Resting on the sandy bottom, digging my hands into it to anchor myself against the current, I could see them slowly circling around us. I was trying to make out the silhouette of one cut against the deep blue of the sea, the only sound that of the bubbles coming from our regulators. A fellow diver pointed to my right, and I turned. Swimming straight towards me, was a massive bull shark.
It was the stuff of nightmares, only this was, in fact, the purpose of our dive. Staring at the shark as it swam smoothly in my direction, totally undisturbed by the current, I couldn’t help but think what an easy meal I would make, if the shark meant to eat me. It came so close, I could see every detail of its muscular body, it’s small dark eyes, down to the pores around its snout with which it can sense electric fields. Then, before it reached me, it effortlessly modified its course, gracefully gliding by me instead.
It was December 2016 and we were diving off the coast of Playa del Carmen, in the southern tip of Mexico. Every year, between the months of November and March, bull sharks congregate in these waters. They are a magnet for shark divers, and a source of fear for many people who go in the water. It is a season of struggle between those who would like to see them protected and those who would like to see them gone. But what are the characteristics that set these sharks apart from others?
Characteristics of Bull Sharks
Bull sharks, Carcharhinus leucas, are strong, stocky sharks with a gray coloration on top that turns to white underneath. They have a characteristic blunt snout, and a long caudal fin. Bull sharks usually grow to be 2.1-3.4 meters long and 90-230 kg, with females being larger and heavier than males. They have an impressive bite force, which has been estimated to be higher than that of the great white shark (1).
Widely described as having an aggressive temperament, bull sharks are one of the shark species that are considered most dangerous to humans. This is due to several factors, including their size, habitat and preferred hunting grounds. These sharks inhabit the warm coastal waters of all the world’s oceans. They swim in shallow water near the coast and at the mouth of estuaries, which humans also frequent. They like to hunt in murky water with low visibility, which could lead to mistaking humans for their natural prey.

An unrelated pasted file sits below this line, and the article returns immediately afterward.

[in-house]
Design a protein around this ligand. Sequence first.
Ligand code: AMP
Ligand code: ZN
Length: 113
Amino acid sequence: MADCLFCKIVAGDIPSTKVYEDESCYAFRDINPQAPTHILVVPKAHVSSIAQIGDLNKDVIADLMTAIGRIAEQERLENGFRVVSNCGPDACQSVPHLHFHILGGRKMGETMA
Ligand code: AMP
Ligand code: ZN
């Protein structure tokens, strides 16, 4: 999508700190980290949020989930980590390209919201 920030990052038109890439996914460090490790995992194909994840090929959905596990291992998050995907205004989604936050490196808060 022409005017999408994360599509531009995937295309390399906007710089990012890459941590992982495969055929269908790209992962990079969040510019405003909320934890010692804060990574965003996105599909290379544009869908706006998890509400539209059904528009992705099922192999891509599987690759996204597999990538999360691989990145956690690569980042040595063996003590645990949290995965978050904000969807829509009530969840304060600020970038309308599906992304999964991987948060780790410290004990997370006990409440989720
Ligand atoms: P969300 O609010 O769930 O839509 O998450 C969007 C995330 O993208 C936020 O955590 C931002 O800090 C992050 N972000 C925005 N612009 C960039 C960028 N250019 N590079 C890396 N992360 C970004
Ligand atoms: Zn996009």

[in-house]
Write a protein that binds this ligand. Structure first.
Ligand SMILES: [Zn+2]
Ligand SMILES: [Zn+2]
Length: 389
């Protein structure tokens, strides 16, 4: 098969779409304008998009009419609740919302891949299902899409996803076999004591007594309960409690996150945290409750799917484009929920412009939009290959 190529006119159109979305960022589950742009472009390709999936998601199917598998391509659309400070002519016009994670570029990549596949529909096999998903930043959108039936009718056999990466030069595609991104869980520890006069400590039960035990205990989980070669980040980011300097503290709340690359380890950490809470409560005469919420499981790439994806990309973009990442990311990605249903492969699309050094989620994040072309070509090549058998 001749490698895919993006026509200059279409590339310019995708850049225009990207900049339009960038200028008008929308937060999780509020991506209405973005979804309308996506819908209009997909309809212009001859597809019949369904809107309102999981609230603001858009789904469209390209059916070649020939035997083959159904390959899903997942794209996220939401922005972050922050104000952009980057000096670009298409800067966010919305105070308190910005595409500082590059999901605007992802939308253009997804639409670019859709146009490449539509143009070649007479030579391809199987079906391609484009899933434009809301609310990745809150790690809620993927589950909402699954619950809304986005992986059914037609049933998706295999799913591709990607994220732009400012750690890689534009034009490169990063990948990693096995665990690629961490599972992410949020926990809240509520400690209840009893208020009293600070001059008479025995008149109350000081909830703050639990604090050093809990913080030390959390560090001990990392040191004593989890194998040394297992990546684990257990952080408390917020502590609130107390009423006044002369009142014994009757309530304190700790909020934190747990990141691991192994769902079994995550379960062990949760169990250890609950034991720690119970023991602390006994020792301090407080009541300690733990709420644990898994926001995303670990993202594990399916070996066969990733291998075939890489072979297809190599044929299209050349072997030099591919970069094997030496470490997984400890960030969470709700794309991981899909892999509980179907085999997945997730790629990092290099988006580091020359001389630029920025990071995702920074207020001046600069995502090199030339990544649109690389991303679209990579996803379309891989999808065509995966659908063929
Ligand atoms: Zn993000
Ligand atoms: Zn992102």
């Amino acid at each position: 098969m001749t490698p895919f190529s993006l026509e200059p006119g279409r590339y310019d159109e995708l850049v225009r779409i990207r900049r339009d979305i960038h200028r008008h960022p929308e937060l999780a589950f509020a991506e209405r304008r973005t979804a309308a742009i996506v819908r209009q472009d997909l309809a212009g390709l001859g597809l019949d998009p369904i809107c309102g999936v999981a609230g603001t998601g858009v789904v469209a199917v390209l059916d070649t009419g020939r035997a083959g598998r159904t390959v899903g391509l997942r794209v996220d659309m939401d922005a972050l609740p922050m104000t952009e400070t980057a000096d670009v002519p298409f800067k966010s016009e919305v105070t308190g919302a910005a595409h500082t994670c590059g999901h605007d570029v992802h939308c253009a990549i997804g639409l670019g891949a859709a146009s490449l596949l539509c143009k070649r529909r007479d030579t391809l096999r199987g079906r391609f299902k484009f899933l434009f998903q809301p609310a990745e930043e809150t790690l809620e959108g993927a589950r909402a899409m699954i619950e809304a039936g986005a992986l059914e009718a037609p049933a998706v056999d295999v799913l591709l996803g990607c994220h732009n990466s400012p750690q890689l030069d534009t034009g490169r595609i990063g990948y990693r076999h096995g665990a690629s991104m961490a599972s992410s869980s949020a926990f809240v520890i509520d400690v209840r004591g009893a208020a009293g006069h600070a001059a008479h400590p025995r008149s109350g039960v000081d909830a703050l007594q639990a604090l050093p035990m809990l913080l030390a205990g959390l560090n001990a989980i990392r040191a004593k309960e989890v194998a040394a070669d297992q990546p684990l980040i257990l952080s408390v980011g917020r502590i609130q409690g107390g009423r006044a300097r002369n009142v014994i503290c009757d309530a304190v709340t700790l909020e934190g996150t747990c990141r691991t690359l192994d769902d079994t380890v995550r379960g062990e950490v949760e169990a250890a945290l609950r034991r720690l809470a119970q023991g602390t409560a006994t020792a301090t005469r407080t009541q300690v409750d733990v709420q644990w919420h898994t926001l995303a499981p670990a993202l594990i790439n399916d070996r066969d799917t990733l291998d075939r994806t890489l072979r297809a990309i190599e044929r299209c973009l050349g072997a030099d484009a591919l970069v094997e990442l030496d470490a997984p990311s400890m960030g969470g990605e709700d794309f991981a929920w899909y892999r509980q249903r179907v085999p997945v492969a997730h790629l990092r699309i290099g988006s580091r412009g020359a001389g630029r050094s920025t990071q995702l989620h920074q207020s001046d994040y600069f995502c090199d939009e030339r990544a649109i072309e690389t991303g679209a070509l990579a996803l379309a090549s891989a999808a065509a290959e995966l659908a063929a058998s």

Additionally, unlike other shark species, bulls have adapted to thrive in a variety of water salinities. Their presence has been well documented in rivers throughout their range, like the Zambezi River in Africa, the Brisbane River in Australia, and the Mississippi in the United States. Bull sharks have even been found in lakes. In Central America, their presence in lake Nicaragua has earned them the name of Nicaragua shark. They were originally thought to be a distinct shark species from the Pacific Ocean that became trapped there when the lake was formed. However, it was later discovered that the sharks travel to the lake from the Atlantic Ocean, swimming up the San Juan River, and navigating the rapids (2).
Bull sharks are able to survive in fresh water thanks to their kidneys, liver, gills and rectal glands, which work together to balance the salt and water concentration in their bodies. They use fresh water bodies as nursery grounds, and it is thought that this gives the young sharks a safe space to grow without the threat of bigger sharks preying on them.
Most of the sharks that gather in Playa are female sharks, and many of them are pregnant. It is thought that they come to these shores to give birth in the nearby mangroves, but there is still much to learn about them. In 2010, an association called Saving our Sharks (SOS) was founded, with the purpose of leading conservation and research efforts. Studying sharks in their natural environment is a complicated endeavor, but research efforts are slowly beginning to yield answers. How are they doing this?
One way to study the movement of animals in nature is through the use of tags. At Playa del Carmen, researchers are using both external and internal tags. External tags are placed on the base of the dorsal fin using a fishing harpoon and dart. Internal tags, on the other hand, are placed in the peritoneal cavity. To place them, the shark must first be caught with line and hook, and stabilized alongside the boat. The tag is then surgically implanted. Both kinds of tags carry a code that is specific for that shark, and is passed to receivers placed along the coast every time the shark comes near.